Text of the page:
Columns » Personal Space

Personal Space

Spin doctor


  • Collan Fitzpatrick

Far from the microphones and spotlights that followed Michelle Kwan earlier this week, other figure skaters likely are battling aches, pulls and strains at these Olympic Winter Games.

"[Skaters] have a lot of lower back pain, from falling or landing while coming down in a rotated position," says Melinda Couch, a Colorado Springs-based physical therapist.

Couch is among 18 PTs nationwide who treat skaters for the U.S. Figure Skating Association. In January, she volunteered at the International Skating Union's Four Continents competition here in the Springs. Next month, she'll travel to Slovenia for the World Junior Figure Skating Championships.

The 37-year-old began working with skaters from the Broadmoor Skating Club in 1998. To learn more about their biomechanics, she immersed herself in research studies and conversation with other therapists. By '99, she was serving the United States at the ISU's Skate America competition.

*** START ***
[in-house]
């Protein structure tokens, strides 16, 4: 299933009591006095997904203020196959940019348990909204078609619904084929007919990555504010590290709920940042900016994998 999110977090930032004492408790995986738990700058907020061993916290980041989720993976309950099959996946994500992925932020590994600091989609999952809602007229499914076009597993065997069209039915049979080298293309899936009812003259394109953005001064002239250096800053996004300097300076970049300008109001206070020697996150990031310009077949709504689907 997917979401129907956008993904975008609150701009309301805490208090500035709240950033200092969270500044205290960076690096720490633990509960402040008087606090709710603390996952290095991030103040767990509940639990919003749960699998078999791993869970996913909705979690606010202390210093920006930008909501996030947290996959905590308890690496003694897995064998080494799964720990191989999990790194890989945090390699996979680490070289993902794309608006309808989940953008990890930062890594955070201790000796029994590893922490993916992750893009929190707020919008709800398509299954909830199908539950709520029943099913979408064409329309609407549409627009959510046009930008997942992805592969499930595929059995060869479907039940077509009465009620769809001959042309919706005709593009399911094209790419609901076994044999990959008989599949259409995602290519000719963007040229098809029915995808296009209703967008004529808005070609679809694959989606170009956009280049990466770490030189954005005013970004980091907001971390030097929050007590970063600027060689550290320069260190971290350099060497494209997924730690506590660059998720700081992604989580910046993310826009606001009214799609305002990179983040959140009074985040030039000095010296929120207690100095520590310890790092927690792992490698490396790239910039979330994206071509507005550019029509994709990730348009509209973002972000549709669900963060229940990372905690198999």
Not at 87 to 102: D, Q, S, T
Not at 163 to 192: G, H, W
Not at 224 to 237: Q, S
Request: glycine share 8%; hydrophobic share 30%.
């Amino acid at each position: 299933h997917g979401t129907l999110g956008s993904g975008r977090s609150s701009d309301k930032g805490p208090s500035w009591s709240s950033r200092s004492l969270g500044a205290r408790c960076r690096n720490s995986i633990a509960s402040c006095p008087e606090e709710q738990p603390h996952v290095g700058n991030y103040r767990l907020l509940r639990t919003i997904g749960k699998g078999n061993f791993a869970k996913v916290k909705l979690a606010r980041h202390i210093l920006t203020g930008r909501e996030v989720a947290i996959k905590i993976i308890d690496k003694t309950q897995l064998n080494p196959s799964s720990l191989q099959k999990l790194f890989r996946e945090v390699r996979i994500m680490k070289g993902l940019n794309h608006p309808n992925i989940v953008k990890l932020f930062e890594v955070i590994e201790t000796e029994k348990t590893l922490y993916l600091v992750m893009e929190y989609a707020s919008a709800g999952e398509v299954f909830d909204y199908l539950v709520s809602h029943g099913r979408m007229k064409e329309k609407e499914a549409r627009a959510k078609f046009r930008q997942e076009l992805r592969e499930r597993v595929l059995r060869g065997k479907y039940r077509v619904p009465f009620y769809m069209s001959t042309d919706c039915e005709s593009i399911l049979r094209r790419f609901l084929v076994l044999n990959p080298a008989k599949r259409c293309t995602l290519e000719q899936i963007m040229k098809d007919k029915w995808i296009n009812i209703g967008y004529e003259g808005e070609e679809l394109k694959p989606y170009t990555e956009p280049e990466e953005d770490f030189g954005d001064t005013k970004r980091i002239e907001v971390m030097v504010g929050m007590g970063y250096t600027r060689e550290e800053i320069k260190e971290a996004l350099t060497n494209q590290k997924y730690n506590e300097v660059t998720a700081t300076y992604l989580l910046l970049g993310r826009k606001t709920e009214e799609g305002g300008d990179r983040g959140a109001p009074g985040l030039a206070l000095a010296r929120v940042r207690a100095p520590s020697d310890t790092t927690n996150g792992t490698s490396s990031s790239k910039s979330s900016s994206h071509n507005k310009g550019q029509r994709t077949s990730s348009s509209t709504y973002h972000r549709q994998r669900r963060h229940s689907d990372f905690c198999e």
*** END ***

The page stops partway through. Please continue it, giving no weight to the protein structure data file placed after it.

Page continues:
Couch also has worked with athletes at the U.S. Cycling Nationals, the World Cup Speed Skating competition, and the New York City Marathon.

U.S. Figure Skating sends PTs to just a handful of events each year, and Couch's main employ is her own downtown clinic, Peak Performance Physical Therapy. Still, of the Americans competing in Torino, Couch has worked with no fewer than four, including Sasha Cohen at the 2003 Grand Prix Final.

"She was having trouble doing her lay-back, trouble extending her spine," Couch says. "Sasha's famous for that; she's got the best one in the world. So I did some gentle osteopathic techniques for competition, and she was pain-free."

Add a comment

Clicky Quantcast